• Helen gets $1,500 completely tax-free.

Kiddie Tax Changes

In December 2017, Congress enacted the Tax Cuts and Jobs Act (TCJA) and changed how your children calculate their tax on their investment-type income. The TCJA changes led to much higher tax bills for many children.

On December 19, 2019, Congress passed a bill that the president signed into law on December 20, 2019 (Pub. L. 116-94). The new law repeals the kiddie tax changes from the TCJA and takes you back to the old kiddie tax rules, even retroactively if you so desire.

Kiddie Tax Basics

When your children are subject to the kiddie tax, it forces them to pay taxes at a higher rate than the rate they would usually pay.

Here’s the key: the kiddie tax does not apply to all of a child’s income, only to his or her “unearned” income, which means income from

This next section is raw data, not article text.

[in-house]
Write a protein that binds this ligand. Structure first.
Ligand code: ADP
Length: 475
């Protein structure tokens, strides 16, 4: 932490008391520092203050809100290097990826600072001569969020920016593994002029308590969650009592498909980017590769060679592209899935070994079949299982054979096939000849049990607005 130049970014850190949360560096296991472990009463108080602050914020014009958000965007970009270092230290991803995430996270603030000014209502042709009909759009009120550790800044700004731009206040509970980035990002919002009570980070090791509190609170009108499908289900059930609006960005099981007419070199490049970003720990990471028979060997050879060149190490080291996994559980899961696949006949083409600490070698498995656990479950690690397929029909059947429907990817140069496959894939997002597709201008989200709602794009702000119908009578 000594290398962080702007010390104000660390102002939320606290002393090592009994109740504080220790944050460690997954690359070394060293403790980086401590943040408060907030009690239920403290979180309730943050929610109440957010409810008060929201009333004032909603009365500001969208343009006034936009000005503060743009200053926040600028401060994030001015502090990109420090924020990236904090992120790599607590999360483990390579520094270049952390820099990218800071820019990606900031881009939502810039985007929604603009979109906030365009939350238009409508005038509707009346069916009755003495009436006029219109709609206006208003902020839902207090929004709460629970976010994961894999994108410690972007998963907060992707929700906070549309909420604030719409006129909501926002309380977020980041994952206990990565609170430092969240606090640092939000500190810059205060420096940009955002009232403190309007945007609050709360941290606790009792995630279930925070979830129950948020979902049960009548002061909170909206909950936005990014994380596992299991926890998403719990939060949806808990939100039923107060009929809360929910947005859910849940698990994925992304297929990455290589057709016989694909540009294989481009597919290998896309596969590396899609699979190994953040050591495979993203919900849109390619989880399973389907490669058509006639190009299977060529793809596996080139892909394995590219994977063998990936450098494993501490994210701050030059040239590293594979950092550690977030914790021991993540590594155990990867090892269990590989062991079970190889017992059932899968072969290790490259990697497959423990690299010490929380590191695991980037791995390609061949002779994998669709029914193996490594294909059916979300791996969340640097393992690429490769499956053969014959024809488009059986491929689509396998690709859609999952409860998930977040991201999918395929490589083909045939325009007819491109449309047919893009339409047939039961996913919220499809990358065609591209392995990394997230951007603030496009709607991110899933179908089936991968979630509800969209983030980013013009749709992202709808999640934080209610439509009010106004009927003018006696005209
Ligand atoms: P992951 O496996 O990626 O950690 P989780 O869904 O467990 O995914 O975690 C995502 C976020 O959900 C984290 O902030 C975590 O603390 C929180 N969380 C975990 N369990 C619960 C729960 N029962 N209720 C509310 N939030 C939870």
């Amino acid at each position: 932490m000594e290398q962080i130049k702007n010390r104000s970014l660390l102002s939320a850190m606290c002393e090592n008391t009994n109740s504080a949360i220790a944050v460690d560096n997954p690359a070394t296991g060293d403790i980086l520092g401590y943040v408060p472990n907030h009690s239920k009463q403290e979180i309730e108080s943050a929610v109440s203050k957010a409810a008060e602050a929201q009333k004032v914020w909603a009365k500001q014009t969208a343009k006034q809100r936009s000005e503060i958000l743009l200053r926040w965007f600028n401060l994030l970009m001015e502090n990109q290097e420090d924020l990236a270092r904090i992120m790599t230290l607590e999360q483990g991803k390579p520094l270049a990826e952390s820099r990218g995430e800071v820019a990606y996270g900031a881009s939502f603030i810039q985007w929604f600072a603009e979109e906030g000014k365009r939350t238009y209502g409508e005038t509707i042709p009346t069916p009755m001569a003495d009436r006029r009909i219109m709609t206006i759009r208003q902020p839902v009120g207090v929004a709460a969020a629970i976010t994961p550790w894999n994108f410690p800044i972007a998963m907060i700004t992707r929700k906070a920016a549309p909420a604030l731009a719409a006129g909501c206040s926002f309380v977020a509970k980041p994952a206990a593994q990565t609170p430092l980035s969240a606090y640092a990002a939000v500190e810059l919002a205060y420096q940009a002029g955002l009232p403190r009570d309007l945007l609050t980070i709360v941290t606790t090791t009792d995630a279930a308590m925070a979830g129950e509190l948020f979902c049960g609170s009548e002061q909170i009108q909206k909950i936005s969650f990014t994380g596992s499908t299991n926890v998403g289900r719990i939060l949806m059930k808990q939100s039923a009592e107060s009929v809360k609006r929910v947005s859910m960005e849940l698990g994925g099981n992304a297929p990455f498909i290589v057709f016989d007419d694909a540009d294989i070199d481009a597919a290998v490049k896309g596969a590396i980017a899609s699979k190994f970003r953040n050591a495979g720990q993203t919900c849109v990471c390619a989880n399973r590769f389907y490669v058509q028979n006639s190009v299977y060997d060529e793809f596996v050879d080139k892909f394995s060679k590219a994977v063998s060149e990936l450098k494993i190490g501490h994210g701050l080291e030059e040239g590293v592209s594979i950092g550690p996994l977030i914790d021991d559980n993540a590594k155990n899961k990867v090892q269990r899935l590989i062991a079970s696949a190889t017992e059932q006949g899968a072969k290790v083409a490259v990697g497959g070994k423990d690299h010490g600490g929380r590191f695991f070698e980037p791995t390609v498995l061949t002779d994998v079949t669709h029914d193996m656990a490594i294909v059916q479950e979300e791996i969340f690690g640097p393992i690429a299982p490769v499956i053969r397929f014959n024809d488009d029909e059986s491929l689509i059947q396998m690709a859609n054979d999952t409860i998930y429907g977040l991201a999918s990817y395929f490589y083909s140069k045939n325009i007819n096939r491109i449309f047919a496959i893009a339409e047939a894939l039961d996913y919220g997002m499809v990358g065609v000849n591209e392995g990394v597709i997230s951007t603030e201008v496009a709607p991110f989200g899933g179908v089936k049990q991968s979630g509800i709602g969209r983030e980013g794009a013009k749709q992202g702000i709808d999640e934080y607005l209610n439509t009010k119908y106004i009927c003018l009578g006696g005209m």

• dividends,
  • rent,
  • capital gains,
  • interest,
  • S corporation distributions, and
  • any type of income other than compensation for work.

For 2019, your child pays the kiddie tax only on unearned income above $2,100. For example, if your child has $3,000 of unearned income, only $900 is subject to the extra taxes.

Who Pays the Kiddie Tax?

The kiddie tax applies to children with more than $2,100 of unearned income when the children

  • have to file a tax return,
  • do not file a joint tax return,
  • have at least one living parent at the end of the year,
  • are under age 18 at the end of the year,
  • are age 18 at the end of the year and did not have earned income that was more than half of their support, or
  • are full-time students over age 18 and under age 24 at the end of the year who did not have earned income that was more than half of their support.

Calculating the Kiddie Tax

Under the TCJA, now valid only for tax years 2018 and 2019, any income subject to the kiddie tax is taxed at estate and trust tax rates, which reach a monstrous 37 percent with only $12,070 of income in tax year 2019.